The Lion of Judah
A Lion and a Lamb
We saw in PART 1: The Heavenly Throne Room that when Christ arrived in Heaven, He was announced as, “The Lion of the Tribe of Judah” and found worthy to open the seals on the Scroll. But when John turned his head to look at this Lion, he saw a “Lamb as though it had been slain.” (Rev. 5:5-6)
We know that symbolically Jesus was represented by the Passover lamb. And we know that He was indeed our sacrificial lamb that removed our sin. John the Baptist said, “Behold the lamb of God, which take away the sin of the world!” John 1:29, 36.
But where does this reference to a Lion come from?
It begins with an ancient prophecy.
An Ancient Prophecy – Genesis 49:8-12
On his death-bed, the patriarch Jacob reached out to his sons and bestowed a blessing on each of them. His blessing on Judah holds a profound prophecy about Messiah. At first it appears that Jacob is speaking directly to his son.
“Judah, you are he whom your brothers shall praise; your hand shall be on the neck of your enemies; your father’s children shall bow down before you. Judah is a lion’s whelp; from the prey, my son, you have gone up. He bows down, he lies down as a lion; and as a lion, who shall rouse him?”
But then Jacob begins to speak with a prophetic voice.
“The scepter shall not depart from Judah, nor a lawgiver from between his feet, until Shiloh comes; and to Him shall be the obedience of the people.
“Binding his donkey to the vine, and his donkey’s colt to the choice vine, He washed his garments in wine, and his clothes in the blood of grapes. His eyes are darker than wine, and his teeth whiter than milk.” (Genesis 49:8-12)
We see these elements in this prophecy:
- Judah is called a lion’s whelp (or cub).
- Judah will hold the scepter and keep the lawgiver between his feet.
- That scepter will pass to Shiloh.
- Once Shiloh comes, then the people will gather to Him.
- He binds his donkey to the vine and the donkey’s colt to the choice vine.
- His garments are red, dipped in the blood of grapes.
- His eyes are darker than wine and his teeth whiter than milk.
1. A Lion’s Whelp
“Judah is a lion’s whelp; from the prey, my son, you have gone up. He bows down, he lies down as a lion; and as a lion, who shall rouse him?” (Gen. 49:9)
Since the time of Jacob’s blessing on Judah, the tribe has always been represented as a lion.
- The lion appeared on banners or standards held high before the camp as it marched. If not actually so at the time, this is how future artists portrayed their march.
- Lions are prevalent throughout Jewish art as representing the tribe of Judah.
- Lions often appear beside the tables of the Law.
- There was an abundance of lions on King Solomon’s throne:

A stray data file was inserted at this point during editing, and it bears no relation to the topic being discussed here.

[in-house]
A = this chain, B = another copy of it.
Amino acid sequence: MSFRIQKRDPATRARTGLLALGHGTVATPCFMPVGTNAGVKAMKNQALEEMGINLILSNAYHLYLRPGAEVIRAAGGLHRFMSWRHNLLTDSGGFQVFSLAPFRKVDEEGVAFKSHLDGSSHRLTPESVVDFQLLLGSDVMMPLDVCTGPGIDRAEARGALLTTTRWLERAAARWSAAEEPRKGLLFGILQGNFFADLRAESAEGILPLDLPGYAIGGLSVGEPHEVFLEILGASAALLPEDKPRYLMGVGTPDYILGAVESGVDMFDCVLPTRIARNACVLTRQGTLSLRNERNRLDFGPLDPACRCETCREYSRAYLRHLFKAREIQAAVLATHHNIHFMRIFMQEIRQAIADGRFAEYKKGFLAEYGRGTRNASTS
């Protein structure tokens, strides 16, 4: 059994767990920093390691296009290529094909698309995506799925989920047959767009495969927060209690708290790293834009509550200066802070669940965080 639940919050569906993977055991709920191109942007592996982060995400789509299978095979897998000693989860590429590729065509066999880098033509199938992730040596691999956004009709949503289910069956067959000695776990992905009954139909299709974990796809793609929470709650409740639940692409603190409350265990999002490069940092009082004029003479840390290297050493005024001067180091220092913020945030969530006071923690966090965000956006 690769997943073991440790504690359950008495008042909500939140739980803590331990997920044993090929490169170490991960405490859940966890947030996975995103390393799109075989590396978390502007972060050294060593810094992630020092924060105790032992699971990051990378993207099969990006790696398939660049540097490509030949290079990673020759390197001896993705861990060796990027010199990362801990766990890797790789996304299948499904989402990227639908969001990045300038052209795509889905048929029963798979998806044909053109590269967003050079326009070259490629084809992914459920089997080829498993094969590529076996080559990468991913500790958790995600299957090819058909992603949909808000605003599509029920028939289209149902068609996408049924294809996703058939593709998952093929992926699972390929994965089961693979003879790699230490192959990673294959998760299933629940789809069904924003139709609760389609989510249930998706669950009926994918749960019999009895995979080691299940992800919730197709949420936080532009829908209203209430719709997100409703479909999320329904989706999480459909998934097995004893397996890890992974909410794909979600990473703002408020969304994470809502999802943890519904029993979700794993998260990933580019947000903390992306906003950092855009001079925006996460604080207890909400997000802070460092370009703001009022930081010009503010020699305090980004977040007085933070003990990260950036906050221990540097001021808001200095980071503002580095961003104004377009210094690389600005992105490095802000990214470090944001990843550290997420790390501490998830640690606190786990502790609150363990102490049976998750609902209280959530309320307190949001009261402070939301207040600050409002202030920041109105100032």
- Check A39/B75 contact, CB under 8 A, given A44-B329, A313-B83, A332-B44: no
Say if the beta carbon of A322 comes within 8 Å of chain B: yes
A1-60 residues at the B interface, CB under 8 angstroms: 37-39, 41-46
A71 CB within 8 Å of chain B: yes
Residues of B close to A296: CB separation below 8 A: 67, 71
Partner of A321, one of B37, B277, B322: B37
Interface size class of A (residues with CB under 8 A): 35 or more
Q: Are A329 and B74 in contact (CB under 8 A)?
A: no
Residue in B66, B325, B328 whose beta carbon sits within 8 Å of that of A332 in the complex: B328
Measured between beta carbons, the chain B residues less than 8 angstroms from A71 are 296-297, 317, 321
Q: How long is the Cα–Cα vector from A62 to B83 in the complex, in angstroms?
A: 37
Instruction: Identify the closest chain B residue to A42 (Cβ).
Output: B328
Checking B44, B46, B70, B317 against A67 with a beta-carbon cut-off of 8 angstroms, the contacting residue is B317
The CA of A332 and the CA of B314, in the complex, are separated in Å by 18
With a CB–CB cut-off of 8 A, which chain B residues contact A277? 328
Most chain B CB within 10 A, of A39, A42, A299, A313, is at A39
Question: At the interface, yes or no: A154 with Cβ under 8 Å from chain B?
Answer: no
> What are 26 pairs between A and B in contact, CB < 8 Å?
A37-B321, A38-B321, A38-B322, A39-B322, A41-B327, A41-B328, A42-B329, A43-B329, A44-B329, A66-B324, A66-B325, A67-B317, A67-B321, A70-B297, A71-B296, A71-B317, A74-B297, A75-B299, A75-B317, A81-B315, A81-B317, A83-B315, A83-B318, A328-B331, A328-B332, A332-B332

14 Lions on King Solomon’s Throne
“Moreover the King made a great throne of ivory, and overlaid it with pure gold. The throne had six steps, and the top of the throne was round at the back; there were armrests on either side of the place of the seat, and two lions stood beside the armrests. Twelve lions stood there, one on each side of the six steps; nothing like this had been made for any other kingdom.” 1 Kings 10:18-20
Another Bible scholar wrote:
“The lion, king of the forest, is a fitting symbol of this tribe, from which came David, and the Son of David, Shiloh, the true ‘Lion of the tribe of Judah,’ to whom all powers shall finally bow and all nations render homage.” E.G. White, Patriarchs and Prophets, p. 236.
Take some time to look at Jewish art. It is filled with lions, rampant lions (or standing lions) and eagles.
This page is from a Jewish coloring book and represents Simhat Torah, or the celebration that comes at the end of the Feast of Tabernacles. Simhat Torah means “rejoicing in the law.” The Rabbis are carrying Torah scrolls and the children are waving flags with the Tables of Stone pictured. Notice the two rampant lions guarding the Tables of Stone at the top of the Torah cabinet.
Remember the verse? “The scepter will not depart from Judah, nor a lawgiver from between his feet until Shiloh comes.” Here is a Simhat Torah flag showing two lions holding the Torah beneath a crown.
Eventually the lions become scrollwork. Once we know this, we see even more lions in decorative art.
We have seen that the symbol of the Lion represents the Tribe of Judah. The rest of Genesis 49:8-12 contains many pictures of Messiah:
- Donkey and Colt
- Stained Garments Dipped in Wine
- Gathering of the people
Let’s look at each of these.
2. Donkey and Colt (Gen. 49:11)
“Binding his donkey to the vine, and his donkey’s colt to the choice vine,…” (Genesis 49:11)
There are other references in Scripture relating to the donkey and her colt. All of them relate to Jesus on the triumphal day when He rode into Jerusalem amid palm fronds waving and shouts of Hosanna!
“Rejoice greatly, O daughter of Zion; shout, O daughter of Jerusalem: behold, thy King cometh unto thee: He is just, and having salvation; lowly, and riding upon an ass, and upon a colt the foal of an ass.” (Zechariah 9:9)
Jesus said to His disciples,